second languages

Today I have an essay at The Curator about how teaching English as a Second Language changed the way I speak the language of faith.  I hope you'll read it; it means a lot to me.

In the essay, I mostly talk about how my understanding of language and ownership changed while I was overseas.  Living overseas was the catalyst in pushing me toward ecumenicism, the understanding that each expression of faith weaves some unique color, some essential pattern,  in the tapestry of Christianity.  

Because of ecumenicism, I am forced to confess that my faith language is always under construction. I can never assume that I have the final say on what things mean.  

Take the word prayer, for example. Growing up, prayer was ACTS: Adoration, Confession, Thanksgiving, and Supplication.  It was individual, personal, disembodied, methodical and conversational.  It was good. 

But I also needed to learn about prayer from the Catholic church, where prayer was something communal and liturgical and sensual.  I needed to learn about prayer from the desert fathers and mothers, where it was constant, a way of life, and bound up with mundane tasks like weaving and gardening.  I needed charismatics to share their new languages with me, to help me become open to emotion and to the power of the Holy Spirit in my life. I needed to learn about meditation from Buddhists, and to learn from Muslims how posture and practice affect prayer.

And so my faith language shrinks and grows, by turns.  But read the essay, and let me know what you think.  

Have a jolly Thanksgiving!

culture and context in corinthians

I am a student of cultures.

Or, to put it bluntly, I have a Master's Degree in Intercultural Studies, y'all. I've lived in four countries, Asian, European, American; I've visited nine others. I've been working cross-culturally in one way or another for eight years. Cultures require a lifetime of study, but I'm on my way. One thing I've learned is that what seems obviously good in one cultural context can be obviously bad in another.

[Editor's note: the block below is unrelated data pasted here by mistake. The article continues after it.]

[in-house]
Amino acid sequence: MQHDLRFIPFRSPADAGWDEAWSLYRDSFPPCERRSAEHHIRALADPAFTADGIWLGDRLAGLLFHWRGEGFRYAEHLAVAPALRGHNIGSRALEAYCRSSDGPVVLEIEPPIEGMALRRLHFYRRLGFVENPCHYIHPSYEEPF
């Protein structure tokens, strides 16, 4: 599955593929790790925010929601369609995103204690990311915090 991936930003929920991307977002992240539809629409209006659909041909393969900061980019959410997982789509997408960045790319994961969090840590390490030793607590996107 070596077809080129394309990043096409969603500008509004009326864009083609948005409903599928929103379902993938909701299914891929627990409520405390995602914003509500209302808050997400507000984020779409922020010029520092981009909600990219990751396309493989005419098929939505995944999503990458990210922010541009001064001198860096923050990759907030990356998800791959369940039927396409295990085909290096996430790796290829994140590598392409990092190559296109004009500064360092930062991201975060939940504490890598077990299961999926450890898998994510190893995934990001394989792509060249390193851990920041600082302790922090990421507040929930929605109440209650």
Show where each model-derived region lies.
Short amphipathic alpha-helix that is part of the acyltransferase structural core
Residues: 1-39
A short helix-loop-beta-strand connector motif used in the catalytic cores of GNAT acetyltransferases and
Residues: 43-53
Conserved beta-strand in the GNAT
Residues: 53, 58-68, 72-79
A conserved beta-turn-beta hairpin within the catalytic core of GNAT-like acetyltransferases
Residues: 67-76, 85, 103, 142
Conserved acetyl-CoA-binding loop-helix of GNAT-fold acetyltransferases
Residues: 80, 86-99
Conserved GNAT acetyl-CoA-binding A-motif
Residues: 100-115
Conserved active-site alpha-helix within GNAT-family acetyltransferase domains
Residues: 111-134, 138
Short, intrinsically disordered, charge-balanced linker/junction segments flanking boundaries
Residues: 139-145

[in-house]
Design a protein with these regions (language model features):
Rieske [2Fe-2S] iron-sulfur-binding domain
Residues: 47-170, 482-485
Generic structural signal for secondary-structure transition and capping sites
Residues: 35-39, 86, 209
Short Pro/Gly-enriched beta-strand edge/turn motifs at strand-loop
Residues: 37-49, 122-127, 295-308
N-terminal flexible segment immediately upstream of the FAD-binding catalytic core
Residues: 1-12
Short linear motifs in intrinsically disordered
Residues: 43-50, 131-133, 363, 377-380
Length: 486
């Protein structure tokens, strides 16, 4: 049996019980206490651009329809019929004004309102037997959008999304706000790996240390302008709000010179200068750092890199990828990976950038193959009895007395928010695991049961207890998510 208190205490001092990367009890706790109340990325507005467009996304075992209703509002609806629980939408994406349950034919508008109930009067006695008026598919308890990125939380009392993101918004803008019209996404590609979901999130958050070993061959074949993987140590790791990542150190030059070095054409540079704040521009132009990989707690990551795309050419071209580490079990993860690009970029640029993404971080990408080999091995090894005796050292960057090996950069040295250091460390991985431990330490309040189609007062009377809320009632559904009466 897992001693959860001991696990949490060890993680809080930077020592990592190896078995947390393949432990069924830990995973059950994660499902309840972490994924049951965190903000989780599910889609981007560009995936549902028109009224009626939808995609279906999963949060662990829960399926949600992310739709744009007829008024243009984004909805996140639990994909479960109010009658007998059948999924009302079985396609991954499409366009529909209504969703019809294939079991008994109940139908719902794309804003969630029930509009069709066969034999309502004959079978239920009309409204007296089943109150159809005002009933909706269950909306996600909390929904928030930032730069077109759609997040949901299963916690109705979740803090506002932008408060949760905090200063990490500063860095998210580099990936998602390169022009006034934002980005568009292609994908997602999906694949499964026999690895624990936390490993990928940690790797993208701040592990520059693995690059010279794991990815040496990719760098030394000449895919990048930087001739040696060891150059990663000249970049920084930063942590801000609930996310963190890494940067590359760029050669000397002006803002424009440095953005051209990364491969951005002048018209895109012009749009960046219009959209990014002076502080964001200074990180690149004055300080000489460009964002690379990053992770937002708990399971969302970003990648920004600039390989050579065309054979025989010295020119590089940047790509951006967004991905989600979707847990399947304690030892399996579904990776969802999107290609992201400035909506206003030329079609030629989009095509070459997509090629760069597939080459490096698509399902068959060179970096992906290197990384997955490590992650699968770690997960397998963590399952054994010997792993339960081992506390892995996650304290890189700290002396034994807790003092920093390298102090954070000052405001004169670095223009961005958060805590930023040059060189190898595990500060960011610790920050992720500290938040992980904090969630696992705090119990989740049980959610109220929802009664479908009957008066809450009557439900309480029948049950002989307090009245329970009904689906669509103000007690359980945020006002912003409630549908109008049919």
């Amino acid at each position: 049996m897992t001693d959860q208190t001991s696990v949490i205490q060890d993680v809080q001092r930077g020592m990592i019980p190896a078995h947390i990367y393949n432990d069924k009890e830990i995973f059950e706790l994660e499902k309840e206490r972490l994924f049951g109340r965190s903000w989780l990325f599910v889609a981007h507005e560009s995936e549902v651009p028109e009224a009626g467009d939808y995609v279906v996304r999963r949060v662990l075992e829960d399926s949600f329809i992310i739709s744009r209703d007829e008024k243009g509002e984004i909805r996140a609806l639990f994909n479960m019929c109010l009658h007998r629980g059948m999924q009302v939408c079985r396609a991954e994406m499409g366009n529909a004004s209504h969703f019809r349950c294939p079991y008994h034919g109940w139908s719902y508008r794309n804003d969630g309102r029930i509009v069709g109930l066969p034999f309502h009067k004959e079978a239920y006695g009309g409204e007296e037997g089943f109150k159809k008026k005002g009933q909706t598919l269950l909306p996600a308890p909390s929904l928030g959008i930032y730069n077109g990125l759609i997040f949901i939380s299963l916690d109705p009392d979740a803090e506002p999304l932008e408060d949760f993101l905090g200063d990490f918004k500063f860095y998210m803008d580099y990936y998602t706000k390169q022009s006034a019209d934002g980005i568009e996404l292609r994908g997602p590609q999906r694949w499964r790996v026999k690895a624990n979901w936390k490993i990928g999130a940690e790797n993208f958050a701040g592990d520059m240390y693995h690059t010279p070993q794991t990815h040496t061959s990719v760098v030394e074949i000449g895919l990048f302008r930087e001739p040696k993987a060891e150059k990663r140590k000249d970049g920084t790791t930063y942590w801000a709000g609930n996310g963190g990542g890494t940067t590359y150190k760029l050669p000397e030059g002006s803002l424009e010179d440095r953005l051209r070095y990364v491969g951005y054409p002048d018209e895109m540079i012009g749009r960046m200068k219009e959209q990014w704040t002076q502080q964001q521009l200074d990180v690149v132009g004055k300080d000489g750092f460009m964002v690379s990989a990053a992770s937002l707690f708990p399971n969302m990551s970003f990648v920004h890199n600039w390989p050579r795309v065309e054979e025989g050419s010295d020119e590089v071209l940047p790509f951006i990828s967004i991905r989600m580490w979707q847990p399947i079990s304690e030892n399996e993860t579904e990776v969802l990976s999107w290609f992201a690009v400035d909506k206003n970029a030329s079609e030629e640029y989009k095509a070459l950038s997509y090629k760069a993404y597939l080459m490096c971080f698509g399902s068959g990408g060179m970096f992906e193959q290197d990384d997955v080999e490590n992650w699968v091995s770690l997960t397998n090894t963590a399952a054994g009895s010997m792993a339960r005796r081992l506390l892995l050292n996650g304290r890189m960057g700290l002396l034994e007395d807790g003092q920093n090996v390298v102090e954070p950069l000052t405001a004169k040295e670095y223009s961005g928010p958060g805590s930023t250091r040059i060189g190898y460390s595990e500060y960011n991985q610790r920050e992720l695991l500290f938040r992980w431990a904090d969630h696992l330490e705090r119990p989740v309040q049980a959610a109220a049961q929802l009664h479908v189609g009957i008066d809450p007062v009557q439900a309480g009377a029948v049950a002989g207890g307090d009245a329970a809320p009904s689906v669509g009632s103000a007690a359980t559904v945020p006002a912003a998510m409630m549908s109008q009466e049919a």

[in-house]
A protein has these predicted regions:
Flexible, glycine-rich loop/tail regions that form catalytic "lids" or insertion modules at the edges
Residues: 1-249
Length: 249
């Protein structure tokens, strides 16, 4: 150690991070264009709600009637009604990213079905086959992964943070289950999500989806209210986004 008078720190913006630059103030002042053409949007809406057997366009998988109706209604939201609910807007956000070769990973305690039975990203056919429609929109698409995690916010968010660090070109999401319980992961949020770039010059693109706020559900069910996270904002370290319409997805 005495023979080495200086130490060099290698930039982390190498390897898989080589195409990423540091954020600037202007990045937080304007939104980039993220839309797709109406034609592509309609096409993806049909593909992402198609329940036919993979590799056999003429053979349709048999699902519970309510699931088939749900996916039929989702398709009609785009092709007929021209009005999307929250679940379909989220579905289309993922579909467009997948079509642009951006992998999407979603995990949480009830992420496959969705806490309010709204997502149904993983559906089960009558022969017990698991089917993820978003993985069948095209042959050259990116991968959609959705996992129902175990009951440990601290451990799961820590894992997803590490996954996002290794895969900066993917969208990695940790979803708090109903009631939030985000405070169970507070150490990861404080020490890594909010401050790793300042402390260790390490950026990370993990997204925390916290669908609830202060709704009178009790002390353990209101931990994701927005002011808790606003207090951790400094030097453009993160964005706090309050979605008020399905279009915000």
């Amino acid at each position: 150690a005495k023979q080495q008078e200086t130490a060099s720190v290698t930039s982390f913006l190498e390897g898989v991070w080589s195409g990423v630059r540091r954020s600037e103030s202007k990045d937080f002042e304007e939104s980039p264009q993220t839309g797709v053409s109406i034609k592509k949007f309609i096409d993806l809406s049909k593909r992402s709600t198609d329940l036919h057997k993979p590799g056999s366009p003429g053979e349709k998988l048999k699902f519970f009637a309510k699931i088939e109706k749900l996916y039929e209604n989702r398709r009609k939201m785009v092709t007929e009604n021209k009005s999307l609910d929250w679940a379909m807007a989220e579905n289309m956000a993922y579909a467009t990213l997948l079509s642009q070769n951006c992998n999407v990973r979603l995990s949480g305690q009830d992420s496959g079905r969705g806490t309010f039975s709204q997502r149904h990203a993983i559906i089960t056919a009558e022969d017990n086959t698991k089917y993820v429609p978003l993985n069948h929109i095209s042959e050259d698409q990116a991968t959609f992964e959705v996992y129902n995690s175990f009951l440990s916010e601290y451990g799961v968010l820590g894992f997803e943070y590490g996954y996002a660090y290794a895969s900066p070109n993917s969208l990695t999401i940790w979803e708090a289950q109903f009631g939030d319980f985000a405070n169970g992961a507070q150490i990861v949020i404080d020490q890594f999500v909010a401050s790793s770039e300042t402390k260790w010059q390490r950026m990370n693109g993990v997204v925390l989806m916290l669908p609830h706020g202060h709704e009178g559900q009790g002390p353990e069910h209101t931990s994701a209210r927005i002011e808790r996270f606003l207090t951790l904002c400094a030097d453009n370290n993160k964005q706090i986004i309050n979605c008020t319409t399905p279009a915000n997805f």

Here's an example: in an American classroom, if one student lets another copy her homework, this is bad. We are individualists, and we believe work must be done independently for it to be honest. In Vietnam, though, if a student allows her friend to copy her homework, she has done a good thing. Vietnamese are community-oriented, and the "class" of students is a tightly-knit group of people who take every class together for four years. Their success or failure is as a class, and to deny help to a member of your in-group is not only offensive, but selfish and wrong.

Or take saying thank you. When a friend invites me over for dinner, after eating, I thank her and compliment the food. In Vietnam, if a friend cooks for you, and you say thank you, you have insulted her! Saying thank you is like saying, "We are not really intimate friends; I will formally thank you because it is my duty to do so."

I could go on and on about how right and wrong are contextual (if you want more, try Adeney's Strange Virtues). Cultural context is vital to understanding our relationships with people; but it's also vital in understanding the Bible.

One of my favorite guides in understanding the cultural context of the Bible is Ken Bailey, who has a PhD in New Testament and has spent forty years living and teaching in Egypt, Lebanon, Jerusalem, and Cyprus. He writes in both English and Arabic, and has a strong understanding of Middle-Eastern historical context, contemporary context, and literary style. (I've written about his insight into the nativity story here.) Today I want to share what he says about 1 Corinthians 11-14, especially the passages that are sometimes used to argue that women should not teach in church.

The Literary Structure of 1 Corinthians

Understanding the literary structure of 1 Corinthians is a must. Bailey argues that the book is carefully composed in the structure of Hebrew parallelism:

I. The Cross and Christian Unity (1:5-4:16)
  II. Men and Women in the Human Family (4:17-7:40)
    III. Food Offered to Idols (Christian and pagan) (8:1-11:1)
  IV. Men and Women in Worship (11:2-14:40)
V. The Resurrection (15)

The section we're looking at is section IV, which is structured thus:

1. Men and Women Leading in Worship: Prophets and How They Dress (11:2-16)
  2. Order in Worship : Sacrament - The Lord's Supper (11:17-34)
    3. Gifts and the Nature of the Body (12:1-30)
      4.The Hymn to Love (12:31-14:1)
    5.Spiritual Gifts and the Upbuilding of the Body (14:1-25)
  6. Order in worship: Word - Prophets and Speakers in Tongues (14:26-33)
7. Men and Women Worshipping: No chatting in church (14:3b-40)

See how carefully constructed that is, with 1 and 7 paralleling each other in topic, as 2&6 and 3&5 do?

Chapter 11 - Women Can Pray and Prophesy (but should dress appropriately)